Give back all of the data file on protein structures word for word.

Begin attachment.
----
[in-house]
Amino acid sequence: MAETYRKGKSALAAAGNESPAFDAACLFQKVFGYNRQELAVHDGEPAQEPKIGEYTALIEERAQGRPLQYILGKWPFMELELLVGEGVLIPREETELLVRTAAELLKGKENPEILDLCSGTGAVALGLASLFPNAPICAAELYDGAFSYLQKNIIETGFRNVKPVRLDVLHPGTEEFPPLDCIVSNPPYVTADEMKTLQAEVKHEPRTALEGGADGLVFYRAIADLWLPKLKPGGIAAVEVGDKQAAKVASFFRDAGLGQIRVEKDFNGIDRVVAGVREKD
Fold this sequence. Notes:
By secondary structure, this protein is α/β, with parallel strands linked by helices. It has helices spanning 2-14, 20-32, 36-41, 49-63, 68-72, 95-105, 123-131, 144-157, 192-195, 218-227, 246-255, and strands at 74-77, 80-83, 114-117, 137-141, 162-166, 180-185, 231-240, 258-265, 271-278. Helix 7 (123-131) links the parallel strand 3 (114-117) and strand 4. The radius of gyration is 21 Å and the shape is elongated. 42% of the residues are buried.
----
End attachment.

[in-house]
Amino acid sequence: MAETYRKGKSALAAAGNESPAFDAACLFQKVFGYNRQELAVHDGEPAQEPKIGEYTALIEERAQGRPLQYILGKWPFMELELLVGEGVLIPREETELLVRTAAELLKGKENPEILDLCSGTGAVALGLASLFPNAPICAAELYDGAFSYLQKNIIETGFRNVKPVRLDVLHPGTEEFPPLDCIVSNPPYVTADEMKTLQAEVKHEPRTALEGGADGLVFYRAIADLWLPKLKPGGIAAVEVGDKQAAKVASFFRDAGLGQIRVEKDFNGIDRVVAGVREKD
Fold this sequence. Notes:
By secondary structure, this protein is α/β, with parallel strands linked by helices. It has helices spanning 2-14, 20-32, 36-41, 49-63, 68-72, 95-105, 123-131, 144-157, 192-195, 218-227, 246-255, and strands at 74-77, 80-83, 114-117, 137-141, 162-166, 180-185, 231-240, 258-265, 271-278. Helix 7 (123-131) links the parallel strand 3 (114-117) and strand 4. The radius of gyration is 21 Å and the shape is elongated. 42% of the residues are buried.